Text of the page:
Green cement becomes a reality

Published:  28 January, 2011

LONDON: A carbon-neutral cement could be marketed soon. Novacem, a commercial venture set up by Imperial College with funding from Laing O'Rourke has developed carbon-neutral cement based on magnesium oxide.

It will give the concrete industry a scalable alternative to current carbon intensive production. For every tonne of Portland cement replaced by Novacem cement, around one tonne of CO2 is captured and stored indefinitely.

Laing O'Rourke's investment into Novacem is part of a wider £1.6m fund-raising, and is the contractor's second big investment in Novacem, which plans to produce a commercially available cement that absorbs carbon.

Ray O'Rourke, Laing O'Rourke's chairman, said: "Clients are seeking increasingly more viable and sustainable construction solutions, and the industry can no longer drag its heels on this issue.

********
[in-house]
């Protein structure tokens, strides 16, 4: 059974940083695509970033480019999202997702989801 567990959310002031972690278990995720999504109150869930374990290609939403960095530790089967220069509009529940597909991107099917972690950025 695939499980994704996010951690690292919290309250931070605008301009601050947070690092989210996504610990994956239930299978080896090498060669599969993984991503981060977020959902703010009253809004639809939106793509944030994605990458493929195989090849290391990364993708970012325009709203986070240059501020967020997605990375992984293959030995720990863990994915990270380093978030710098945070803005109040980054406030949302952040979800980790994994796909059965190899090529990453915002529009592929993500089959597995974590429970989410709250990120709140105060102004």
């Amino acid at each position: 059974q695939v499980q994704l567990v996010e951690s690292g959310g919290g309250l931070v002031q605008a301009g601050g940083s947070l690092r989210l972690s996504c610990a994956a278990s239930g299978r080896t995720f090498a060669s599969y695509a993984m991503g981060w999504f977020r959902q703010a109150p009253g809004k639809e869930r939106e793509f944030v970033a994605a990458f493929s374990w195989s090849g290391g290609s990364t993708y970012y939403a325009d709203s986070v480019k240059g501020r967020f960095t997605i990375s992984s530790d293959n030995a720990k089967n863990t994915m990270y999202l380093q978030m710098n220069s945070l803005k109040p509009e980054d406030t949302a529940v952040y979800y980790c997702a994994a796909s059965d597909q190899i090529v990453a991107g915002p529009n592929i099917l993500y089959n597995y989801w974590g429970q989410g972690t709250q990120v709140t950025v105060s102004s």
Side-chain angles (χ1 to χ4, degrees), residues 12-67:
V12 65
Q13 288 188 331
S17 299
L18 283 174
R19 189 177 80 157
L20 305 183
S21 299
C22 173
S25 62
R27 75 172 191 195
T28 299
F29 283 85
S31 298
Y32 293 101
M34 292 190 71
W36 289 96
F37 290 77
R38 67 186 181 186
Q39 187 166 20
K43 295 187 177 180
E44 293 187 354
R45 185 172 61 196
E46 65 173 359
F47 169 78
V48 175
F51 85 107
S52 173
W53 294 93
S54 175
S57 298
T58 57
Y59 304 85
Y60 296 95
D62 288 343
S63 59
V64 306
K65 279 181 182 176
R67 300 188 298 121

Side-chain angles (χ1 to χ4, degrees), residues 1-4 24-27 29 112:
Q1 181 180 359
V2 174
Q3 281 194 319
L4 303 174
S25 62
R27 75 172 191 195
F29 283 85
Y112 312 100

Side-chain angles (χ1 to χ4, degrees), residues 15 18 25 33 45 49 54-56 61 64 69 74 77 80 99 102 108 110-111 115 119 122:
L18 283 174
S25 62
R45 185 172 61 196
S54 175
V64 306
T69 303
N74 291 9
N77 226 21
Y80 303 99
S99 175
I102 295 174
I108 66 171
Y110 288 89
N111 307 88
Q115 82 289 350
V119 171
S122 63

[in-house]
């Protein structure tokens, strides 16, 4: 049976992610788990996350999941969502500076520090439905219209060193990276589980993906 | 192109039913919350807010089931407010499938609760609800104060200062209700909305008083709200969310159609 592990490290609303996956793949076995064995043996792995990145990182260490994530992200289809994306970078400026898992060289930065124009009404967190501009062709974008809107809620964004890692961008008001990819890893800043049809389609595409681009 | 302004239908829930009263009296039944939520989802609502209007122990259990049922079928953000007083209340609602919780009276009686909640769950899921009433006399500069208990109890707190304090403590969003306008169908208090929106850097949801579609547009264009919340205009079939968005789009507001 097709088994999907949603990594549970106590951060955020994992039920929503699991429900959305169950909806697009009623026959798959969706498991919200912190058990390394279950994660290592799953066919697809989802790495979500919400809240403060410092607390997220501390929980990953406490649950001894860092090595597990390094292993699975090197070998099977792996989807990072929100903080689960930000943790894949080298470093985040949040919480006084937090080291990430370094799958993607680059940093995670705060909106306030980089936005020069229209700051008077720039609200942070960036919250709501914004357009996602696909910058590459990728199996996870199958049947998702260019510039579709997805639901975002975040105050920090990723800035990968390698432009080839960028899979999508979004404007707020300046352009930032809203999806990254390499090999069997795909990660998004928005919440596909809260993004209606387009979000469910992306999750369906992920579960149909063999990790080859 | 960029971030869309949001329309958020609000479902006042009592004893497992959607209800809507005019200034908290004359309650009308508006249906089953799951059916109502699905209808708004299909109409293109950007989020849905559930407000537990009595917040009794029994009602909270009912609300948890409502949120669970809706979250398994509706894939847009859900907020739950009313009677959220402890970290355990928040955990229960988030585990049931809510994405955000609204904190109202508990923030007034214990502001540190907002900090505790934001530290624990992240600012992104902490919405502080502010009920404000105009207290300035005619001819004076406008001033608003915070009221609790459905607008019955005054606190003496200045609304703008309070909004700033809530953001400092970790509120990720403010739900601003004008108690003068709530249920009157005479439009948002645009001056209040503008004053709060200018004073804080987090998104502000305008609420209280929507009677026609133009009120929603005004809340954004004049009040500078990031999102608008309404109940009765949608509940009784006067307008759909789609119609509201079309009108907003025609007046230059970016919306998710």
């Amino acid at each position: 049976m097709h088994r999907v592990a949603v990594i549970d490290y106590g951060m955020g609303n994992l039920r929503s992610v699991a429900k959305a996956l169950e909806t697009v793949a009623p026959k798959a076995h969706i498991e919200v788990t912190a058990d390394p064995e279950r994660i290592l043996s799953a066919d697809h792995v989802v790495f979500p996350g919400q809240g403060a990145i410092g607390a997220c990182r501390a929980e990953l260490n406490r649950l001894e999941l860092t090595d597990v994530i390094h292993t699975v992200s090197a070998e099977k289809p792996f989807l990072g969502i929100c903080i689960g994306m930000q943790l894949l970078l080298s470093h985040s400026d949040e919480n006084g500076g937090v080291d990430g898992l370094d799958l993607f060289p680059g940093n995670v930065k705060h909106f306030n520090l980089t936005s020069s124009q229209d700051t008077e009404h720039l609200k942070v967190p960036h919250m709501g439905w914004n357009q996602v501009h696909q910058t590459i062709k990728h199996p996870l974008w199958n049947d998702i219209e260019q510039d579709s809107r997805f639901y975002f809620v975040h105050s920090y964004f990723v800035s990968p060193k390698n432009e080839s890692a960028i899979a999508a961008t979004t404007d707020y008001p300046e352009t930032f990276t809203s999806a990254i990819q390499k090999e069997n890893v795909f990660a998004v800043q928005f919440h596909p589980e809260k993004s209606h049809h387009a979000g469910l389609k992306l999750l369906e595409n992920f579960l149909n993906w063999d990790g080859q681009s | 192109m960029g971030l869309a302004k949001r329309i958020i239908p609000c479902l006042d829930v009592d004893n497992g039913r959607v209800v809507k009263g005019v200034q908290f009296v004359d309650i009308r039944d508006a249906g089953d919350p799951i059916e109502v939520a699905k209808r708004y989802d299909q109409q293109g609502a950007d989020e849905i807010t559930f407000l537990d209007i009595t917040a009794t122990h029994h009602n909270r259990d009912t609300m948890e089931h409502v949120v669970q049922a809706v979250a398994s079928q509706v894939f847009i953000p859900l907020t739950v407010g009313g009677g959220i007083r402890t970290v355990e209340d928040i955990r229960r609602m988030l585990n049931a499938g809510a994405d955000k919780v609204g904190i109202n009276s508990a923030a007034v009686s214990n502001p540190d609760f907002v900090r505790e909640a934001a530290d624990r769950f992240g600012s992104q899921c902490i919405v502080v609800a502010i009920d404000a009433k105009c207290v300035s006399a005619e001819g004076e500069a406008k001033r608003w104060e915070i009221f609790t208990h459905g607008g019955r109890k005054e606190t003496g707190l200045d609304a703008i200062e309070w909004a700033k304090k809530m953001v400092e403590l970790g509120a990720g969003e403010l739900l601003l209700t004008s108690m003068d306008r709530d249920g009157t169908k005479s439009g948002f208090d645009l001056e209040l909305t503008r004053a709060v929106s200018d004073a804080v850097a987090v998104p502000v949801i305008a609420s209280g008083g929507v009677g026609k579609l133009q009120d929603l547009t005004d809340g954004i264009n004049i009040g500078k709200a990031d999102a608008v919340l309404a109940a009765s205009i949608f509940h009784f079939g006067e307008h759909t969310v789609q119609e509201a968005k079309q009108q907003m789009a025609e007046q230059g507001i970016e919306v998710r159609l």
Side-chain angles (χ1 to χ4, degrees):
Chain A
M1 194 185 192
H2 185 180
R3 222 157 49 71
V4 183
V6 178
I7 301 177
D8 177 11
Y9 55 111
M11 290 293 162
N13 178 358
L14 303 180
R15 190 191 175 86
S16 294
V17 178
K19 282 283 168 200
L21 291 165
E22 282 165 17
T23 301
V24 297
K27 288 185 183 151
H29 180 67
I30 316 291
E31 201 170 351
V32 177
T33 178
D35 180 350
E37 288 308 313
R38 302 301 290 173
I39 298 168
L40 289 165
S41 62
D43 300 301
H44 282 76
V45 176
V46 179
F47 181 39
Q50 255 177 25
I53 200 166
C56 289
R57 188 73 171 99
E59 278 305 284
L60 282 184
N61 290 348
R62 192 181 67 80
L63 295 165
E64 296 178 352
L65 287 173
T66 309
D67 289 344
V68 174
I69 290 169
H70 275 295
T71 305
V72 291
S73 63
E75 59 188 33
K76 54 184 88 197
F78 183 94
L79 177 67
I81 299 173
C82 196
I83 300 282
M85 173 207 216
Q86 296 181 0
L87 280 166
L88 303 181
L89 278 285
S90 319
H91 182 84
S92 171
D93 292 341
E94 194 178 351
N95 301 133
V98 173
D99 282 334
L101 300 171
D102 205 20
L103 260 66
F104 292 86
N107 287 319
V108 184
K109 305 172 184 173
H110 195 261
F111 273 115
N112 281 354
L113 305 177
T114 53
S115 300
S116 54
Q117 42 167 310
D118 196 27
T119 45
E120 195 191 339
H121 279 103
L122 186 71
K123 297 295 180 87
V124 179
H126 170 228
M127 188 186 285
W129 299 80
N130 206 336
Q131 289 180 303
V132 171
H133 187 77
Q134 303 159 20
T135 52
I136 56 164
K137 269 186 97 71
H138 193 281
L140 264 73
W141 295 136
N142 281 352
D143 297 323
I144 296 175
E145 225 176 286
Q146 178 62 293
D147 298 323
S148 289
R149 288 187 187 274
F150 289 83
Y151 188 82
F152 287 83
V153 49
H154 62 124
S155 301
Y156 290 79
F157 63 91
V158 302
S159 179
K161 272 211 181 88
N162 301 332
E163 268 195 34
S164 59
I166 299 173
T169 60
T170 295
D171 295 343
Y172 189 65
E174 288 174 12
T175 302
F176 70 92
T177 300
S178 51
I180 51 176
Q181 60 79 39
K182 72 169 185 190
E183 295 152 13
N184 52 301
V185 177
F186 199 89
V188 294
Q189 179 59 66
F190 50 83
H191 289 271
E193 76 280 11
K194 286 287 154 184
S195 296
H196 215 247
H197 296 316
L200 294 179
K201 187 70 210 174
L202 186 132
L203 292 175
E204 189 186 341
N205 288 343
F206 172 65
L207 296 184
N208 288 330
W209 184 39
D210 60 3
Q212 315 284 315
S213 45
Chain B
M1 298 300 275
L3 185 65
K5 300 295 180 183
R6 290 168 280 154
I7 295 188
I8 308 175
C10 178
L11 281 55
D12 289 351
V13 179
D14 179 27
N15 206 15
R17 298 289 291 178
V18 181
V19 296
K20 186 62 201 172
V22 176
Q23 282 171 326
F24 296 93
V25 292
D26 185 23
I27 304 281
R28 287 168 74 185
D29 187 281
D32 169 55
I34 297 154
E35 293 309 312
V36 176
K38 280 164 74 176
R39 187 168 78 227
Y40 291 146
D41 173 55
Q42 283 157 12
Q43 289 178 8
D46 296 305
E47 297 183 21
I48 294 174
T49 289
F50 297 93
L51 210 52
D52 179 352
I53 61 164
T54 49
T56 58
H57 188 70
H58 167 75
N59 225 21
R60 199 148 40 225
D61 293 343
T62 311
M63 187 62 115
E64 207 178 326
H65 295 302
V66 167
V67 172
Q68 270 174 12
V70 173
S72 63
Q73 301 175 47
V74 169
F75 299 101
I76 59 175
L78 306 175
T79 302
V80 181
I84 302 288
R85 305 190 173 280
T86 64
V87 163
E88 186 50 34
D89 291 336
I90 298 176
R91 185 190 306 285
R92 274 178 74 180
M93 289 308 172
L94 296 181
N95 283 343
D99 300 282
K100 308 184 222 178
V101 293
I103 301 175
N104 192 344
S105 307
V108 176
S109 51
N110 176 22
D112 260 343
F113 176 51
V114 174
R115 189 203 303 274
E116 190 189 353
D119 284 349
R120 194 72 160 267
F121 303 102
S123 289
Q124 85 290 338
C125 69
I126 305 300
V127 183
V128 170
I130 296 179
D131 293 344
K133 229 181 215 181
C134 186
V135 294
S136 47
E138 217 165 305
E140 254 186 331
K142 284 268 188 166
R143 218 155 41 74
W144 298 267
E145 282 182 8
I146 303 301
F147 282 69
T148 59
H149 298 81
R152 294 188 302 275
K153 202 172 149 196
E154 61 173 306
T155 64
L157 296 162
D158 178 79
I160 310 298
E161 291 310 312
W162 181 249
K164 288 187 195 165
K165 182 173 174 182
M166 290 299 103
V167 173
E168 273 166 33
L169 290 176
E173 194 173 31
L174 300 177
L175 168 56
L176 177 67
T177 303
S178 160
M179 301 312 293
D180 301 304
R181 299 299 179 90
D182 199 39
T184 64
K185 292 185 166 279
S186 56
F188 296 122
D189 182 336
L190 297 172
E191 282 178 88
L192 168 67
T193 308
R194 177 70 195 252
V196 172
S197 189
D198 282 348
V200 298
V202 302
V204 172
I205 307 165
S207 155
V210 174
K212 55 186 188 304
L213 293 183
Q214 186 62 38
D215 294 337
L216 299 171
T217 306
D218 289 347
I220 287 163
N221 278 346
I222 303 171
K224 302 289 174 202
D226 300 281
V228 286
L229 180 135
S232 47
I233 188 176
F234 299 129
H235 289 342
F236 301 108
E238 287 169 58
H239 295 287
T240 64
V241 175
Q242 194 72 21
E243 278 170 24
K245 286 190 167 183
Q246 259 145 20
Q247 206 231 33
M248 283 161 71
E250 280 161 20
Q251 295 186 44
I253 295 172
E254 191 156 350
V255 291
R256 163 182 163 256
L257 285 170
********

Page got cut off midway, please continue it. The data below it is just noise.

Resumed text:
"Good progress has been made over the last 10 years, but much more needs to be done.

"Although we recognise there is a limit to what is possible to improve the sustainability of conventional Portland cement, we are excited by the radical innovation being developed through our partnership with Novacem," he said.

Novacem's cement binder uses a different chemistry and a new lower temperature manufacturing process, reducing carbon dioxide emissions.

The resulting cement hardens by absorbing large amounts of carbon dioxide effectively locking the greenhouse gas into construction materials.

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